Case text (Anonymised)
We have received threats of legal action from the authors of a manuscript rejected by our journal, henceforth referred to as journal A. These “aggrieved” authors claim that their manuscript was unfairly reviewed by a close competitor, who then used some of their findings in a paper subsequently published in journal B, without either attribution or citation.
The “accused” scientist had indeed reviewed the paper for journal A, and the date on which he/she had first been sent the paper preceded that of his/her own submission to journal B. The steps of our investigation were as follows:
The aggrieved author was asked to provide additional details on which aspect of his work he/she suspected of being unethically used, and he/she identified a particular paragraph in journal B’s paper, which named two genes which our authors claimed to have identified for the first time in the particular bacterial genus studied in both papers.
Meanwhile, the “accused” scientist was asked to respond to the accusation. His response identified the paragraph in question as being a small area of overlap between the two papers, however, he categorically denied that the content of this paragraph drew in any way on the information presented in the manuscript which he had reviewed for journal A. The accused backed up this denial by sending us a copy of an earlier version of the paper, which had been submitted to and rejected by a previous journal (journal C) months before he had first reviewed the complainant’s paper in journal A.
We confirmed this by contacting the editors of journal C who, after obtaining permission, provided us with an independent copy of the manuscript that had been submitted to his journal. On examination we found that the paragraph in question had remained unchanged, and that the description of the two genes was indeed present before any submission to journal A took place.
We agreed with the accused that this data analysis was a very minor part of the paper published in journal B.
Questions for COPE
• At this point, we feel that our investigation has exonerated the accused reviewer of one allegation (unethically using information obtained during the peer review process in his/her own publication). Does COPE agree?
• If the manuscript submitted to journal C (providing independent confirmation of the accused’s defence) had not been available, how would such a case be investigated?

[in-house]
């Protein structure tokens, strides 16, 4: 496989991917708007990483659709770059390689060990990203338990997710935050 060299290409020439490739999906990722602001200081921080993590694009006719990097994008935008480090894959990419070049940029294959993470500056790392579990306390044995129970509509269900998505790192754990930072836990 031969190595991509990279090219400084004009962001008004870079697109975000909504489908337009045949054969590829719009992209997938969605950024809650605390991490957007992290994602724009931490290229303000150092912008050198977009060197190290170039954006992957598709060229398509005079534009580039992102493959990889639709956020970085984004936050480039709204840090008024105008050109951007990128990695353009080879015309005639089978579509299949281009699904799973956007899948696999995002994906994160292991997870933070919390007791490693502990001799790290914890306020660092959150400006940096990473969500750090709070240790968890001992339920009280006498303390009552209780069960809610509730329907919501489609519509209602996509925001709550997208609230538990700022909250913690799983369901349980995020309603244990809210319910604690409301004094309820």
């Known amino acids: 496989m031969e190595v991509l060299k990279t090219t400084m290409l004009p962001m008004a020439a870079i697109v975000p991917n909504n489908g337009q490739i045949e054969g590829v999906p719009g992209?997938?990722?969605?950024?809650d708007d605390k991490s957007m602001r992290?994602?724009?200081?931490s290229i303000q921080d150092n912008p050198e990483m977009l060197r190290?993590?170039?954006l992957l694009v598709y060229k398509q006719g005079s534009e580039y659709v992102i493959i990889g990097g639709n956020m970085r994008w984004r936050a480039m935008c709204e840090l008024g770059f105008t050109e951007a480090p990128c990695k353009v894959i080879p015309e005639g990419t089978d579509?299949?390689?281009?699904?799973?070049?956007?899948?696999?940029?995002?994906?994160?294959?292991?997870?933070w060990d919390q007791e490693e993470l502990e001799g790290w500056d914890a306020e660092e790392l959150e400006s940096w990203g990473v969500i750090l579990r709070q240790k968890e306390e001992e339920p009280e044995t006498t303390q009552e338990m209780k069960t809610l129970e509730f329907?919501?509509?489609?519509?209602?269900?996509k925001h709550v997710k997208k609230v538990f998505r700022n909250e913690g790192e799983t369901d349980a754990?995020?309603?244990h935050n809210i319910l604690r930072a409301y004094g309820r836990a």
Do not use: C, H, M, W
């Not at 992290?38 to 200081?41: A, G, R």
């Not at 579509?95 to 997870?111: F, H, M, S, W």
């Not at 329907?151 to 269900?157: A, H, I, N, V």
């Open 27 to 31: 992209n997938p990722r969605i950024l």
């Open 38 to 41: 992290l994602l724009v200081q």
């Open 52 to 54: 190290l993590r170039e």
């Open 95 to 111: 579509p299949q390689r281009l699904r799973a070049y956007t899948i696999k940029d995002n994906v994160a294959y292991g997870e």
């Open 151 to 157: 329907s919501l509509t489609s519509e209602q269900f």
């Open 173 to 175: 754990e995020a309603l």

• The other allegation (of the reviewer causing the authors’ manuscript to be unfairly rejected) remains unresolved. The reviewer denies misconduct, but there is at least the appearance of misconduct on the basis of conflict of interest. However, we do not think that any further investigation can resolve this issue. Does COPE agree?
• The aggrieved authors have asked for a correction to acknowledge their work (which was published in yet another journal one month before journal B published its article). While the reviewer did not “steal” any data or ideas, he may have unfairly “squashed” the authors’ publication. However, the data analysis in question is a very minor point in the article published in journal B, and the authors’ work may simply be independent corroboration. At this time we do not feel a correction is warranted because we have no evidence of wrongdoing. Does COPE agree?
• Are there other options that might be used in place of a correction?
The Forum agreed that the accused reviewer had been exonerated. The advice from the Forum was that the editor should obtain permission from the reviewer to contact the authors, tell them that their allegations were unfounded and explain the situation to them. The authors should be informed that the reviewer has given his permission for this disclosure as the editor is not obliged to reveal the names of reviewers if the journal operates a closed peer review system. The editor might also suggest that the authors may like to consider an apology to the reviewer. However, some Forum members voiced concerns that the reviewer did have a conflict of issue and that he should have declared this initially.
The reviewer was notified (as were the editors of the other journals) that he had been exonerated, with thanks for his patience and for his cooperation throughout the investigation. The author was also contacted and told that the reviewer had been exonerated. The authors did not formally apologise to the reviewer.